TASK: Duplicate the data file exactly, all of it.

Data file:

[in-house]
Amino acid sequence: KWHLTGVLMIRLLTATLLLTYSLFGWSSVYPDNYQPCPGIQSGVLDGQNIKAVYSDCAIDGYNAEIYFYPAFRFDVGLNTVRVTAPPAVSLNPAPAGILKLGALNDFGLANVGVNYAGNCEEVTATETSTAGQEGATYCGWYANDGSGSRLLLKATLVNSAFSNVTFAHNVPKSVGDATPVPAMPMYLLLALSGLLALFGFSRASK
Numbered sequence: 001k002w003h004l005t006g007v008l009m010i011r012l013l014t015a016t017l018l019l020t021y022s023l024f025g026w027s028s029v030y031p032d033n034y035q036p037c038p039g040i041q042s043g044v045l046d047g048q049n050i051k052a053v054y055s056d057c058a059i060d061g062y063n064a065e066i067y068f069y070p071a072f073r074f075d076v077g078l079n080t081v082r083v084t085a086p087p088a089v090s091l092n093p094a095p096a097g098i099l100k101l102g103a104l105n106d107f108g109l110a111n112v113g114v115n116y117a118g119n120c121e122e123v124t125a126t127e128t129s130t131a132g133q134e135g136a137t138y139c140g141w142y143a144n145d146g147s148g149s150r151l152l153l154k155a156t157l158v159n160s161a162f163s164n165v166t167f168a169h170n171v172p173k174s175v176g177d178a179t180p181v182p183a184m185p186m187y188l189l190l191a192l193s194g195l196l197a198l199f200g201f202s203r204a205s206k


[in-house]
Amino acid sequence: KWHLTGVLMIRLLTATLLLTYSLFGWSSVYPDNYQPCPGIQSGVLDGQNIKAVYSDCAIDGYNAEIYFYPAFRFDVGLNTVRVTAPPAVSLNPAPAGILKLGALNDFGLANVGVNYAGNCEEVTATETSTAGQEGATYCGWYANDGSGSRLLLKATLVNSAFSNVTFAHNVPKSVGDATPVPAMPMYLLLALSGLLALFGFSRASK
Numbered sequence: 001k002w003h004l005t006g007v008l009m010i011r012l013l014t015a016t017l018l019l020t021y022s023l024f025g026w027s028s029v030y031p032d033n034y035q036p037c038p039g040i041q042s043g044v045l046d047g048q049n050i051k052a053v054y055s056d057c058a059i060d061g062y063n064a065e066i067y068f069y070p071a072f073r074f075d076v077g078l079n080t081v082r083v084t085a086p087p088a089v090s091l092n093p094a095p096a097g098i099l100k101l102g103a104l105n106d107f108g109l110a111n112v113g114v115n116y117a118g119n120c121e122e123v124t125a126t127e128t129s130t131a132g133q134e135g136a137t138y139c140g141w142y143a144n145d146g147s148g149s150r151l152l153l154k155a156t157l158v159n160s161a162f163s164n165v166t167f168a169h170n171v172p173k174s175v176g177d178a179t180p181v182p183a184m185p186m187y188l189l190l191a192l193s194g195l196l197a198l199f200g201f202s203r204a205s206k